Mature content: As discussed in this post, I'm discontinuing this feature of my reviews for now. But if you ever have content questions, please email me!
Tagline: Does time heal all wounds?
My summary: Allie is still recovering from the accident that killed her boyfriend, Trip. She's got a nasty scar on her head and a case of amnesia. Her parents think it's high time she returned to school. The police want to hear her account of what happened that night. But Allie's only sure of one thing: no one in her small town wants to hear the truth: Trip wasn't the perfect boyfriend. Not by a long shot.
My thoughts: It's no spoiler to say that Trip was abusive. Allie may not recall the events of the accident, but she does remember that she was afraid of Trip, who hit and threatened her repeatedly. A large part of this book deals with Allie's attempts to regain her confidence and self-esteem. And to Jennifer Shaw Wolf's credit, this doesn't happen overnight. I'm no expert on this subject, but in Allie's flashbacks and memories, Trip seems to exhibit all the warning signs of an abuser: he's possessive, he isolates Allie from her friends, he loses his temper and then showers her with gifts and begs her forgiveness. As the book begins, Allie is broken, both physically and emotionally.
But this book is also a mystery, and its author does an excellent job of ratcheting up the tension as Allie -- and the reader alongside her -- tries to piece together the truth about what happened on the night of the accident.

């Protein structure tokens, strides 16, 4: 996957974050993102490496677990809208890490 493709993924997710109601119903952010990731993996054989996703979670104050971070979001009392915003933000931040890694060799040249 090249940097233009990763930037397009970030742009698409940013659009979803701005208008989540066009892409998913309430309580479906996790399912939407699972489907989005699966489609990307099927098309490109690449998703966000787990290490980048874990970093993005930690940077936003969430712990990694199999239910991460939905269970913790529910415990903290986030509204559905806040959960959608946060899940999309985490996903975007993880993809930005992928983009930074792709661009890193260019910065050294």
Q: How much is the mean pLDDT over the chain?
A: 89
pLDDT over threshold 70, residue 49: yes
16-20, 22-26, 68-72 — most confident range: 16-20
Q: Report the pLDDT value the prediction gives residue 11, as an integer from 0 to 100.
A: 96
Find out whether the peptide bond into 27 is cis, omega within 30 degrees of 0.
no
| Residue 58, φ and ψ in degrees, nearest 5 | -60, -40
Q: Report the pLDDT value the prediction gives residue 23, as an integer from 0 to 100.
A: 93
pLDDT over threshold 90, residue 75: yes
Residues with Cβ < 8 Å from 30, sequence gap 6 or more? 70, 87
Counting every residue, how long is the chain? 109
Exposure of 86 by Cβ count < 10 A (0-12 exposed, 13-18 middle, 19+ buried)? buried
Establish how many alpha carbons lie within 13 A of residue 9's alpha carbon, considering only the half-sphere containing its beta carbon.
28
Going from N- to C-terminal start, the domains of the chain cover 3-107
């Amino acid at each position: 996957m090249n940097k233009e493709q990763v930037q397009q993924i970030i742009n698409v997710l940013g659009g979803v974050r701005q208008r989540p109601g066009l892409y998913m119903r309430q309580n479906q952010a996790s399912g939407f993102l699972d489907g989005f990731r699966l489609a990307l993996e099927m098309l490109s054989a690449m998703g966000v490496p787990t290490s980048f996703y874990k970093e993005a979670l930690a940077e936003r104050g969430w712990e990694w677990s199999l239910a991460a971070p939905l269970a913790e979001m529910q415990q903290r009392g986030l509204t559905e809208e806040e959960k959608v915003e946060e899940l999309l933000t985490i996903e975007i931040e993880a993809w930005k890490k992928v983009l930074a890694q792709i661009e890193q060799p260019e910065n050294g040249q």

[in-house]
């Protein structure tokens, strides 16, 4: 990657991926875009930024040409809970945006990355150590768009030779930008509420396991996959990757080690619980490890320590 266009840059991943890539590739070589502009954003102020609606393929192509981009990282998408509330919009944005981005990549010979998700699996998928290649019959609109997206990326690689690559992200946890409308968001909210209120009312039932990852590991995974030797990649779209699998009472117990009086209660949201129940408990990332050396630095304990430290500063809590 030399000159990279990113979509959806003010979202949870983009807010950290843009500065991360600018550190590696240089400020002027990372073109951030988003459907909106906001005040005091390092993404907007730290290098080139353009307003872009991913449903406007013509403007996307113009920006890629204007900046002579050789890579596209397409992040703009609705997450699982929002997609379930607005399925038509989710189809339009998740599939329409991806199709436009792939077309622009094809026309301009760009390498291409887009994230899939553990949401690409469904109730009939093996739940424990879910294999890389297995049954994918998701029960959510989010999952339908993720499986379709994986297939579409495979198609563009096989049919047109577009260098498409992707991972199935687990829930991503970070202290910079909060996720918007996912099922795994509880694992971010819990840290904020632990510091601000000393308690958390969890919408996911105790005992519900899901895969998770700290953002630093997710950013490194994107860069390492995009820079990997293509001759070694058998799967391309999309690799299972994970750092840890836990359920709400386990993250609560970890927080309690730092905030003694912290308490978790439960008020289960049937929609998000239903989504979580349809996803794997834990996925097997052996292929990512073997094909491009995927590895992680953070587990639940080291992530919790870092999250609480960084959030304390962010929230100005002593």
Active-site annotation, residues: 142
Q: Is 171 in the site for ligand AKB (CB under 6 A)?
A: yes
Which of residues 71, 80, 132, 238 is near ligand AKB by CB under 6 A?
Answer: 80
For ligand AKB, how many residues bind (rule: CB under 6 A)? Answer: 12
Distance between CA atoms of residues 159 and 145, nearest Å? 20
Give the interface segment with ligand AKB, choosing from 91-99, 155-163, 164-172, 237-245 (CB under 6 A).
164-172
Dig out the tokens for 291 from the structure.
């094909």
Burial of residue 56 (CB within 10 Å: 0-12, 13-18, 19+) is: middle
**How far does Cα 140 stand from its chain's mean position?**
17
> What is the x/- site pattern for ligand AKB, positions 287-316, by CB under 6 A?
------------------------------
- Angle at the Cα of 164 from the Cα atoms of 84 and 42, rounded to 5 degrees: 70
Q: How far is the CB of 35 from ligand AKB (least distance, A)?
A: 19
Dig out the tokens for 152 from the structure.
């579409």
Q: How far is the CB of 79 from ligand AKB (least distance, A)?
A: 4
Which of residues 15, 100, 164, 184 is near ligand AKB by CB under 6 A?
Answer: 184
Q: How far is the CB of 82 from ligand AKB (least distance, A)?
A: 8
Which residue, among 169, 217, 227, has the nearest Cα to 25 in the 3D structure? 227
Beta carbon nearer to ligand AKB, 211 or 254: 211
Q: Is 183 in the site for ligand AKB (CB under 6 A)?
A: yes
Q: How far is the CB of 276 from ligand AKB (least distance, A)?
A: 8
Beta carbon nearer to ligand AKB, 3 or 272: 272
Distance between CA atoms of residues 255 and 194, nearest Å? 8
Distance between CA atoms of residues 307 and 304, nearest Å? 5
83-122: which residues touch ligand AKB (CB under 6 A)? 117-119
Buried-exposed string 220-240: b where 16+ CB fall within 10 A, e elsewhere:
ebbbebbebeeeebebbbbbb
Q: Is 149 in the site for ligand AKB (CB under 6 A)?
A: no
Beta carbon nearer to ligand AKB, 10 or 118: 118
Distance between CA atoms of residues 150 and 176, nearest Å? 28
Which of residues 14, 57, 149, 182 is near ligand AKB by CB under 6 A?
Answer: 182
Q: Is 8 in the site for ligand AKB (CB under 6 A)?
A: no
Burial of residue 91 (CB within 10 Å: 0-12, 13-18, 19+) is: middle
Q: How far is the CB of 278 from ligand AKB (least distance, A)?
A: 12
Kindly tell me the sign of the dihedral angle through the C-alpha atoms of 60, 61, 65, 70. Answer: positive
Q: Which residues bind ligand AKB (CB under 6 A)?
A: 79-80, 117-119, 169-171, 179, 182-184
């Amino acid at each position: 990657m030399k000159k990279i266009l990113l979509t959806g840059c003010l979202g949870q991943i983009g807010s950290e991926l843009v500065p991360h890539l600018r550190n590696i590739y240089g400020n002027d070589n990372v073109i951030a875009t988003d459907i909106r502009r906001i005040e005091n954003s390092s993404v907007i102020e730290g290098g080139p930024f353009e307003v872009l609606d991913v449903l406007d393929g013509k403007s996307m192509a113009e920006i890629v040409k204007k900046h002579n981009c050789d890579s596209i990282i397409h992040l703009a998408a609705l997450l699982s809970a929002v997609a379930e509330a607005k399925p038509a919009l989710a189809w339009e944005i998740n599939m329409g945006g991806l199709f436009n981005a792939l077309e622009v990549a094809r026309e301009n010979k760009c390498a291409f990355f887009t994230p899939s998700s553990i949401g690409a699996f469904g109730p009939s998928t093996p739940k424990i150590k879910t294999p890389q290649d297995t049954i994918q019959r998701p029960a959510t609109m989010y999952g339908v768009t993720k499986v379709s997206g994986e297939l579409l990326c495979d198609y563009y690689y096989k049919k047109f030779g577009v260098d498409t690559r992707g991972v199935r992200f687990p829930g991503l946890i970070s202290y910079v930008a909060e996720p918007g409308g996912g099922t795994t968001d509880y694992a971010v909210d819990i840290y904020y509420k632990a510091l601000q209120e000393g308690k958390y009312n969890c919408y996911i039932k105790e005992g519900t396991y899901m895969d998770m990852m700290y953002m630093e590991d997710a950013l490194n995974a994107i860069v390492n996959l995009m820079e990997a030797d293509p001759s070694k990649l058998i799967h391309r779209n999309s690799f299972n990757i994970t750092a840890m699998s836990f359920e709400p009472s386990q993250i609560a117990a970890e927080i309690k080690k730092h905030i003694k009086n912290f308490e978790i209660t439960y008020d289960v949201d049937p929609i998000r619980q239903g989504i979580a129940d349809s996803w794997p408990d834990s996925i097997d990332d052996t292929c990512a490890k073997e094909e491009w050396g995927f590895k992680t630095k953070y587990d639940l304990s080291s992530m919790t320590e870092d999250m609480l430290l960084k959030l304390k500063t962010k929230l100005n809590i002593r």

The book's setting -- a small coastal town dependent on tourism after a mill closing -- is finely and fully drawn. I felt Allie's claustrophobia as all eyes in the town are upon her. Hannah, Trip's ex-girlfriend, is clearly still resentful. The brand new police chief, pressured by Trip's wealthy parents, wants Allie to come clean so he can close his case. The supporting characters are equally strong. A particular standout is Allie's twin brother Andrew, born with cerebral palsy after being deprived of oxygen at birth. Andrew may have physical challenges, but he's a vivid and integral part of the book. The only character who seemed one-dimensional to me was Hannah, who stays stuck in her mean-girl persona. I kept waiting for the moment in which Hannah grudgingly admits to Allie that Trip abused her too, but that never happened.
I had a bunch of theories about what actually transpired the night that Trip died -- all of them wrong. I love a book that can surprise me in so many ways. Jennifer Shaw Wolf is a talented writer, one I'll definitely have my eye on in the future!
Here are two other YA books about abusive relationships:
But I Love Him by Amanda Grace
Stay by Deb Caletti